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uni'wissen 02(4)-2011_ENG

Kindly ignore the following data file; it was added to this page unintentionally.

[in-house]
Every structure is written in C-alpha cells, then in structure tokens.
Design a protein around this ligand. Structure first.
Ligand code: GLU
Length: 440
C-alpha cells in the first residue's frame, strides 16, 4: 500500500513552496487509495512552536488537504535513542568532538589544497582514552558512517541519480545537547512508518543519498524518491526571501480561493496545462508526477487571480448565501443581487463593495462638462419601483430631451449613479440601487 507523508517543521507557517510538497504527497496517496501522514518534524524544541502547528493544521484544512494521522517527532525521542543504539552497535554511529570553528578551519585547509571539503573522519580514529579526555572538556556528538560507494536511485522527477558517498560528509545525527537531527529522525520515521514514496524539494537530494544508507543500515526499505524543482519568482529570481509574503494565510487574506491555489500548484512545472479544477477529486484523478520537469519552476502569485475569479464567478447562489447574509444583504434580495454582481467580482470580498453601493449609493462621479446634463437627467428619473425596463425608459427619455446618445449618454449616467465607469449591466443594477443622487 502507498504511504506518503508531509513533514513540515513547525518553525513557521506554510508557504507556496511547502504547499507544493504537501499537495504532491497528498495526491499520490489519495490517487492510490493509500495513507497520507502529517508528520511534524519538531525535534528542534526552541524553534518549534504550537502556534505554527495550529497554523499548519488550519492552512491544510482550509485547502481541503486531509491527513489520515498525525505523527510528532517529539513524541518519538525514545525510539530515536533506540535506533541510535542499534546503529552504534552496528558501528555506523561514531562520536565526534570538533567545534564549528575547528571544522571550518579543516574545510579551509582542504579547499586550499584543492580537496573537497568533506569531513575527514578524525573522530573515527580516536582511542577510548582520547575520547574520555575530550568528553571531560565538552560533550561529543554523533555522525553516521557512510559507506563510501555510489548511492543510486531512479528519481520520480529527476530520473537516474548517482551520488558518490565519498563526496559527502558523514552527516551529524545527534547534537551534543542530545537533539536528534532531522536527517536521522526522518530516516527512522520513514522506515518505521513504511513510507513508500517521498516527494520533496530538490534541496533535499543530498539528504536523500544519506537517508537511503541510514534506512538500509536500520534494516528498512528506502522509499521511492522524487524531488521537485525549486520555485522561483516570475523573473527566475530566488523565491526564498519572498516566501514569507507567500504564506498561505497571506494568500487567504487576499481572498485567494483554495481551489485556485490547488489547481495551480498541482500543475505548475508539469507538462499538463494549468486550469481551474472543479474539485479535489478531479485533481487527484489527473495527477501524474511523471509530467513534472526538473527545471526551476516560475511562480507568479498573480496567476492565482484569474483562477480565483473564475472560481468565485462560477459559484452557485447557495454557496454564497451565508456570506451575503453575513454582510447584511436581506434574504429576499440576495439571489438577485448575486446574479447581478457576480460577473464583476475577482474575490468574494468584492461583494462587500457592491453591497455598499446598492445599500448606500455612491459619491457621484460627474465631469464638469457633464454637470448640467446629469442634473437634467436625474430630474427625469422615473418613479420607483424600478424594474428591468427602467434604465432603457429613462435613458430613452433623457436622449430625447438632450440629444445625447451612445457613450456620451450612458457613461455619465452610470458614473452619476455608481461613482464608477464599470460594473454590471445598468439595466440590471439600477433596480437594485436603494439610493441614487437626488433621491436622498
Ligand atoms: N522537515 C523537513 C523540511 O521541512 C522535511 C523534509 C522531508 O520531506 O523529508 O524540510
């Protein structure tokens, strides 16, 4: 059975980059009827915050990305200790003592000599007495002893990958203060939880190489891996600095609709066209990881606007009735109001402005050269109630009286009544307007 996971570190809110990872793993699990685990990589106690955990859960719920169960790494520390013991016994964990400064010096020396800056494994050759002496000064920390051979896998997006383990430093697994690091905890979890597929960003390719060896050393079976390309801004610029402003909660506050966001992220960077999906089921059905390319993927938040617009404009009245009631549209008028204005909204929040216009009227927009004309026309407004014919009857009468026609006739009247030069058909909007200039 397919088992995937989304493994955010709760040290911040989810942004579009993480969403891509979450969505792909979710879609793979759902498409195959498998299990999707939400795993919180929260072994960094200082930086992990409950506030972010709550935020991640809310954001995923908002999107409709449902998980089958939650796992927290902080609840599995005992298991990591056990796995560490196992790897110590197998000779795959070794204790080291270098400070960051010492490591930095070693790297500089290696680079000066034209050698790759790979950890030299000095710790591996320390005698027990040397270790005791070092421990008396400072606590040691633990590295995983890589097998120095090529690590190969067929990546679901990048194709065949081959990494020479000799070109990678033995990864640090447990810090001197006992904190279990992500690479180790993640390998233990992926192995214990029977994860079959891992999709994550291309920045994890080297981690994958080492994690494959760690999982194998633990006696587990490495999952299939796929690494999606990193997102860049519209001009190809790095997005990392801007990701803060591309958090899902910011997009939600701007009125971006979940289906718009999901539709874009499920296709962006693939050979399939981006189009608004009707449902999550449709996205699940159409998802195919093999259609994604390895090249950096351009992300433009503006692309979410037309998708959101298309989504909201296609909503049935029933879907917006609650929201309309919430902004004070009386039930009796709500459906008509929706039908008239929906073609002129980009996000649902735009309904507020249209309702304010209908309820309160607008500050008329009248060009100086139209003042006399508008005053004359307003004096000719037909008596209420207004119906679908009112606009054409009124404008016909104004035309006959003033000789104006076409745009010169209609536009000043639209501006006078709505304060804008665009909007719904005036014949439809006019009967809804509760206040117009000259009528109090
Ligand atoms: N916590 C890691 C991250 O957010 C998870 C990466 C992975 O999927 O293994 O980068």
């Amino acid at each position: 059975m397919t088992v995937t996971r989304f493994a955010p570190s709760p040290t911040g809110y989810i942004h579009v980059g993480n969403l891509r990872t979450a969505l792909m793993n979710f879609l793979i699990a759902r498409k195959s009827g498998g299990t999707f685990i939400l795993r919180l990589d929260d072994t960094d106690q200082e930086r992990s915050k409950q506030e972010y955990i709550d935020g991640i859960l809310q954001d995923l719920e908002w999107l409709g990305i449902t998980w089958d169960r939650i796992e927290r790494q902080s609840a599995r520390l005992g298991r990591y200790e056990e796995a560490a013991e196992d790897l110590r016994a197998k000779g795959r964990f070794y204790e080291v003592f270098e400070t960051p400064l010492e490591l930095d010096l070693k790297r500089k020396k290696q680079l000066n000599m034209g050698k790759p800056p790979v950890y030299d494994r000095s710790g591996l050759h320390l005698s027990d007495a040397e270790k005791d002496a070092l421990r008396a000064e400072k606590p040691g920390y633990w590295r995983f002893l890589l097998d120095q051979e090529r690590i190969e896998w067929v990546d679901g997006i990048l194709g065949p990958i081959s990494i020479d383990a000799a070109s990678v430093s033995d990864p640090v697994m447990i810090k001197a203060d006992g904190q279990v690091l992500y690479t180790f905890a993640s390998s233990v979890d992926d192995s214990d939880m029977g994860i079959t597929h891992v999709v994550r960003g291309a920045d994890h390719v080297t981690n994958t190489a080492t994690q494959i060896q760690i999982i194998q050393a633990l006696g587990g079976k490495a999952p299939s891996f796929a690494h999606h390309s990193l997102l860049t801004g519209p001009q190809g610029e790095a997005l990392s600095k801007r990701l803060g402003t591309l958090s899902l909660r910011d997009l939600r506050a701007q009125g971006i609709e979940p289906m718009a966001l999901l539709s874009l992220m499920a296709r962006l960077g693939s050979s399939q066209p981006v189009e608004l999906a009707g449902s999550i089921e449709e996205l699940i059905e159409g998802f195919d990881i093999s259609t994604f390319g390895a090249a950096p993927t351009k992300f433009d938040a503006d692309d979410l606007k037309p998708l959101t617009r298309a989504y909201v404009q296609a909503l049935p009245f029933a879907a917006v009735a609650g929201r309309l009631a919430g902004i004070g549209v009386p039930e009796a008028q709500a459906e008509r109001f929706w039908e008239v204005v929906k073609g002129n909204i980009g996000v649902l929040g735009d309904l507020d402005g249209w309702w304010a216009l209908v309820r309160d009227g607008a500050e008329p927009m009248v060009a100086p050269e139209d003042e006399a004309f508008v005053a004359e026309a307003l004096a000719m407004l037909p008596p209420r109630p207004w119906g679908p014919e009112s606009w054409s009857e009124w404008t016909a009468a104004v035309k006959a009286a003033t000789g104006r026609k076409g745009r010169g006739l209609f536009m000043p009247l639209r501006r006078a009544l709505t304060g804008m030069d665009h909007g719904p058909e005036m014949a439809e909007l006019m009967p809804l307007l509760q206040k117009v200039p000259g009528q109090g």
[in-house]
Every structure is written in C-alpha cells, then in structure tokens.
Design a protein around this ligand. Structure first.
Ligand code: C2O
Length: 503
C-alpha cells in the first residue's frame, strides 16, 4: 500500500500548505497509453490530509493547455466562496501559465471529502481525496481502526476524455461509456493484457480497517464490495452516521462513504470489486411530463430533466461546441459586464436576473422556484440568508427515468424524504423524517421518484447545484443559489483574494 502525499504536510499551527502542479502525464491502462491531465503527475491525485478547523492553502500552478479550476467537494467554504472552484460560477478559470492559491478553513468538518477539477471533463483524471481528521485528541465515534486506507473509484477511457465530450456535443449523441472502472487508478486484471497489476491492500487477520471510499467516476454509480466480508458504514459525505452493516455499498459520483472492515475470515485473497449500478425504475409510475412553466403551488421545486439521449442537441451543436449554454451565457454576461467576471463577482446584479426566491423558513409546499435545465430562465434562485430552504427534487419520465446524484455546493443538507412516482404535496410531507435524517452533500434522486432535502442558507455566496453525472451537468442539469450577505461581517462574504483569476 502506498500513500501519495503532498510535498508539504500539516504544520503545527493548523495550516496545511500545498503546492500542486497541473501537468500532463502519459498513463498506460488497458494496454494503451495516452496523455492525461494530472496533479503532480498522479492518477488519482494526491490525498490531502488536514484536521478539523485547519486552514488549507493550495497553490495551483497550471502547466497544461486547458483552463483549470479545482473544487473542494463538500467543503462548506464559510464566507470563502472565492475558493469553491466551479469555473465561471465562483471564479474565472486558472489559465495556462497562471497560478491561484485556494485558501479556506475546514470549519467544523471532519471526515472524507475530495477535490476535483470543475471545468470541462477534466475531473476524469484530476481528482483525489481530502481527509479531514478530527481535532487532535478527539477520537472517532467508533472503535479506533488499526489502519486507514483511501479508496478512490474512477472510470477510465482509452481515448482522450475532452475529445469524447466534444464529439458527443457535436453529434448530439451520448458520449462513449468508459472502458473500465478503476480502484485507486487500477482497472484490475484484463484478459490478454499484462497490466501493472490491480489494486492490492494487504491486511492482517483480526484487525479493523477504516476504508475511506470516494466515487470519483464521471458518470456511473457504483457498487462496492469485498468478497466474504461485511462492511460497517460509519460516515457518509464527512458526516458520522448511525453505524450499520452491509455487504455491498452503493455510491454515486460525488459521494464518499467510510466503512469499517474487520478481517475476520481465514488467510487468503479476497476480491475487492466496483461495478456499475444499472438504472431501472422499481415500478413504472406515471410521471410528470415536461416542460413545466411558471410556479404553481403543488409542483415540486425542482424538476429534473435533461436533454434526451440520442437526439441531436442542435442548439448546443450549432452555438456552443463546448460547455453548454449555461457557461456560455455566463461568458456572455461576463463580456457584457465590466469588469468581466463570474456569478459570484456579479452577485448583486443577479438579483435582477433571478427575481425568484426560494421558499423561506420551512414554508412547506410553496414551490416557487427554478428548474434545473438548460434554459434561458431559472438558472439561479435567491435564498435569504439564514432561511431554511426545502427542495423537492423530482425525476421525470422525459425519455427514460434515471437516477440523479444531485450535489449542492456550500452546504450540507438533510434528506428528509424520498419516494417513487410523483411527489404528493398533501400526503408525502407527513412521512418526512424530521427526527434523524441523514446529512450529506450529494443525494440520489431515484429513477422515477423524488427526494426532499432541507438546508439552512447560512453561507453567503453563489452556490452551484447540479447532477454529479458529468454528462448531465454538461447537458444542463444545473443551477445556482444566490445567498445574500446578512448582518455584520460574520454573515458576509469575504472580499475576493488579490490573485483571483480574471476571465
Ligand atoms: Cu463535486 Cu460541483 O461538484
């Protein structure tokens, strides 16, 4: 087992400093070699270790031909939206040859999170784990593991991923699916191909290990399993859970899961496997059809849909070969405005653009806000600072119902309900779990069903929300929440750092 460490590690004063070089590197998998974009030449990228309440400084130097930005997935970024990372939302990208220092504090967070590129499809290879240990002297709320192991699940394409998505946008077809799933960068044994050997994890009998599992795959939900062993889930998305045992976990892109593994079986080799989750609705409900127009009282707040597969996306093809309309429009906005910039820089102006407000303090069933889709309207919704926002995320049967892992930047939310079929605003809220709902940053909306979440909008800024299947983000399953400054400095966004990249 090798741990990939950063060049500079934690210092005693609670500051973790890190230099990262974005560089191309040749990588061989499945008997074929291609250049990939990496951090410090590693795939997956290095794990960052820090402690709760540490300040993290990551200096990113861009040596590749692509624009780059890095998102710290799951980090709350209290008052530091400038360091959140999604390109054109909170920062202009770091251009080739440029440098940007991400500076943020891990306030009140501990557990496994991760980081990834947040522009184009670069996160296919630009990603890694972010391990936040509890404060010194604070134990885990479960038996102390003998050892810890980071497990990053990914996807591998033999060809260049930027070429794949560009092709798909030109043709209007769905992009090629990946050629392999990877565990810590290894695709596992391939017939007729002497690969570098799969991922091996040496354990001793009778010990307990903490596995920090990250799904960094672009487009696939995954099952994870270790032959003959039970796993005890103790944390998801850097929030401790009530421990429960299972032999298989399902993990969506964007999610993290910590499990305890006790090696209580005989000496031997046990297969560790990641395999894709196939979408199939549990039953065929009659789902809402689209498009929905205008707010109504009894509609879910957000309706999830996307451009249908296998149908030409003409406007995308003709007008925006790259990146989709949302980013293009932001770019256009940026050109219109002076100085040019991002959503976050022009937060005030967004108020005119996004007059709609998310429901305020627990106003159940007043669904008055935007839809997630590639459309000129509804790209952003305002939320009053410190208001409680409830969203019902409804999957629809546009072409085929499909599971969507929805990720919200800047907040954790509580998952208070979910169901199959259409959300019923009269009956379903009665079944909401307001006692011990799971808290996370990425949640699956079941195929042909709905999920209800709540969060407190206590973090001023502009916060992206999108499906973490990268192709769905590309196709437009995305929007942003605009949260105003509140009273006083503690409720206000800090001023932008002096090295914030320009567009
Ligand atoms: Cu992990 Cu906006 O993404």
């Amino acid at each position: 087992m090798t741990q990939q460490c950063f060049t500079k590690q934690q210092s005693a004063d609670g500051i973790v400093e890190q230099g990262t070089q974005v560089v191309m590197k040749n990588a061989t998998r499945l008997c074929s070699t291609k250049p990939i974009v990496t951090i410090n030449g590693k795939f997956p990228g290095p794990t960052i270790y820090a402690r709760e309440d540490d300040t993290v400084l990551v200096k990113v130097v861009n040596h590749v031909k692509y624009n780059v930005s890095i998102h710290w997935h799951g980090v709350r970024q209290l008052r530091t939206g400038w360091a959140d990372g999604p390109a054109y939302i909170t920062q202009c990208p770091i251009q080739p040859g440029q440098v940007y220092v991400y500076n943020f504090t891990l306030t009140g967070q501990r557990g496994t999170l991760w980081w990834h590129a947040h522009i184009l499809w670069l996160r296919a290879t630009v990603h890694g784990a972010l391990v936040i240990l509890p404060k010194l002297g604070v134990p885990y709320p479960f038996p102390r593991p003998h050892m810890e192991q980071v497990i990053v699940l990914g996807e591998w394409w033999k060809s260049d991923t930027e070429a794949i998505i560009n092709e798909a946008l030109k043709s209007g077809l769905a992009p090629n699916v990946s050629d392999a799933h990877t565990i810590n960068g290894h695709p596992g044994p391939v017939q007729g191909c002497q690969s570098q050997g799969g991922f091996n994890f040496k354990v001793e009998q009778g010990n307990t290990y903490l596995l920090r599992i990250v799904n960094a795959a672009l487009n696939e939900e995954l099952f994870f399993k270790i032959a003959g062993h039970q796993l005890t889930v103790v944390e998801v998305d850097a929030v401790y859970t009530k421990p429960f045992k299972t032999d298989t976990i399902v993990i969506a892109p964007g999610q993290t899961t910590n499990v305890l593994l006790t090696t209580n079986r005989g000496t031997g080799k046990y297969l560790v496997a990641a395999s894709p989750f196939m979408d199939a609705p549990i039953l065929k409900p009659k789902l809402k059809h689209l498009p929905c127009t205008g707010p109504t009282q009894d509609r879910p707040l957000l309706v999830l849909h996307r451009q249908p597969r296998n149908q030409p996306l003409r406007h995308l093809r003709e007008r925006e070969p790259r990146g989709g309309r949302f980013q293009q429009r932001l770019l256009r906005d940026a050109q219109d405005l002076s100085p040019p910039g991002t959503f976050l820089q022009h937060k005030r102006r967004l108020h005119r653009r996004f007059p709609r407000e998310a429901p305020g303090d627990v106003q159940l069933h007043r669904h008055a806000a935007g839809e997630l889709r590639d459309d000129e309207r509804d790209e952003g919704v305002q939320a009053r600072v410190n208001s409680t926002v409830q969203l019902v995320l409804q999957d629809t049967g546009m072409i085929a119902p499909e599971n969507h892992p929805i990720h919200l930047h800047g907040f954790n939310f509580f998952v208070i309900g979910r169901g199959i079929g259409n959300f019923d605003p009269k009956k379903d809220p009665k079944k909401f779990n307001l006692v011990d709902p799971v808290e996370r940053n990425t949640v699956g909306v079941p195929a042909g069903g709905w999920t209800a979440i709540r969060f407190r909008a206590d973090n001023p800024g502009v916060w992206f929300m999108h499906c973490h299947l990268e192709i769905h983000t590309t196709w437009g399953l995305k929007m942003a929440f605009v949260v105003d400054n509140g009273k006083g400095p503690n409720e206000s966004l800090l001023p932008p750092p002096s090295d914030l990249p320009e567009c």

Scary statuette: The long- armed, closely fitting costume identifies the figure as an ­ancient Greek actor. The ­grotesque face represents a comedy mask, not the ­actor’s real face. Photo: Archaeological ­Collection of the University of Freiburg, Inv. S 404 Lost texts are the object of much conjecture. Perhaps the most prominent example is – thanks to Umberto Eco’s novel The Name of the Rose – the lost second part of Aristotle’s Poetics, which dealt with comedy. Indeed, the losses are particularly great in this central genre of world literature: The only complete ancient Greek com- edies we possess are eleven plays by Aristo- phanes and one by Menander. However, there are also extensive fragments and textual ac- counts. Some works are preserved in less than 60 different fragments, others in up to 500. Nei- ther their content nor their significance for the history of literature has been properly ascer- tained, and none of them is available in a Ger- man translation. Prof. Dr. Bernhard Zimmermann from the De- partment of Classical Philology of the University of Freiburg and his research group aim to change this with the project “Commentary of Fragments of Greek Comedy.” They will have time enough to do so: The Heidelberg Academy of Sciences and Humanities has agreed to fund the project for a period of 15 years. Zimmermann and two research assistants have been editing the frag- ments since January 2011, and the group is ad- vertising two positions for doctoral researchers in 2012. The classical philologist is excited about the potential findings of the project: “Editing these documents will help us throw new light on the history of ancient Greek literature.” Collected in eight volumes, the large mass of fragments will give literary historians a much more compre- hensive overview of the comedies of this epoch. Existing secondary literature relies solely on the known twelve works by Aristophanes and Menander, which is probably less than one per- cent of the entire corpus of classical Greek com- edies. Zimmermann believes that there is a high likelihood that our conception of the genre as a Comedy translation 101: The philologists are ­studying the language, metrics, and measure of the fragments. Photo: Freiburg University Library/Historical ­Collections “Editing these documents will help us throw new light on the history of ancient Greek literature” 17uni'wissen 04